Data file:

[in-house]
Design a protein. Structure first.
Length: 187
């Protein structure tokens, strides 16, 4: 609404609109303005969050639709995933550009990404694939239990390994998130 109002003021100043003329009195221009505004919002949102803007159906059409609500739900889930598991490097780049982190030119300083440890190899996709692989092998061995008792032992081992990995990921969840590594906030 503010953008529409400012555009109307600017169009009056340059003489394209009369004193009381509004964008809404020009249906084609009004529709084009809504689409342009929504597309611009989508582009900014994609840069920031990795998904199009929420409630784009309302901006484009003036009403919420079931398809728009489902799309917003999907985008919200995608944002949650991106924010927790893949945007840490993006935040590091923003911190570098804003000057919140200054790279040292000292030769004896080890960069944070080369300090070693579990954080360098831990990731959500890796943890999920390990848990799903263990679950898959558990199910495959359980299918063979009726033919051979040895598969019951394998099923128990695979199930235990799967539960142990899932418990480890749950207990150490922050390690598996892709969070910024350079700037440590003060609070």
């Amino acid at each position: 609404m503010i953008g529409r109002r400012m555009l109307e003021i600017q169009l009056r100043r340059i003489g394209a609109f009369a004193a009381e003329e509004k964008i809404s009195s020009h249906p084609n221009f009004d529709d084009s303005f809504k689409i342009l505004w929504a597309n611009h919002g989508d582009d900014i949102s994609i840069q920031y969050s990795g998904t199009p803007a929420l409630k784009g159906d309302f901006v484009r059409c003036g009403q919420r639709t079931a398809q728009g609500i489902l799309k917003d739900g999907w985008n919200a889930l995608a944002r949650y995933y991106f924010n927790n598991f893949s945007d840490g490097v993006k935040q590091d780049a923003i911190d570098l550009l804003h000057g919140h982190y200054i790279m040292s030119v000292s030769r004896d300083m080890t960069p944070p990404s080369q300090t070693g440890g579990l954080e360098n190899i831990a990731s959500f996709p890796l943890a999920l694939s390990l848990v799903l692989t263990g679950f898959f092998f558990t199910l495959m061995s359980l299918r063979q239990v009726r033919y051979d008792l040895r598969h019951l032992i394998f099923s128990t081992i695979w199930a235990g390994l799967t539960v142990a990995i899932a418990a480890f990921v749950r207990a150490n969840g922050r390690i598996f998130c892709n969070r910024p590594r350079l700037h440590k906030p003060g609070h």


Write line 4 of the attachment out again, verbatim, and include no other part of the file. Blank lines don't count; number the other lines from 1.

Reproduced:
């Protein structure tokens, strides 16, 4: 609404609109303005969050639709995933550009990404694939239990390994998130 109002003021100043003329009195221009505004919002949102803007159906059409609500739900889930598991490097780049982190030119300083440890190899996709692989092998061995008792032992081992990995990921969840590594906030 503010953008529409400012555009109307600017169009009056340059003489394209009369004193009381509004964008809404020009249906084609009004529709084009809504689409342009929504597309611009989508582009900014994609840069920031990795998904199009929420409630784009309302901006484009003036009403919420079931398809728009489902799309917003999907985008919200995608944002949650991106924010927790893949945007840490993006935040590091923003911190570098804003000057919140200054790279040292000292030769004896080890960069944070080369300090070693579990954080360098831990990731959500890796943890999920390990848990799903263990679950898959558990199910495959359980299918063979009726033919051979040895598969019951394998099923128990695979199930235990799967539960142990899932418990480890749950207990150490922050390690598996892709969070910024350079700037440590003060609070």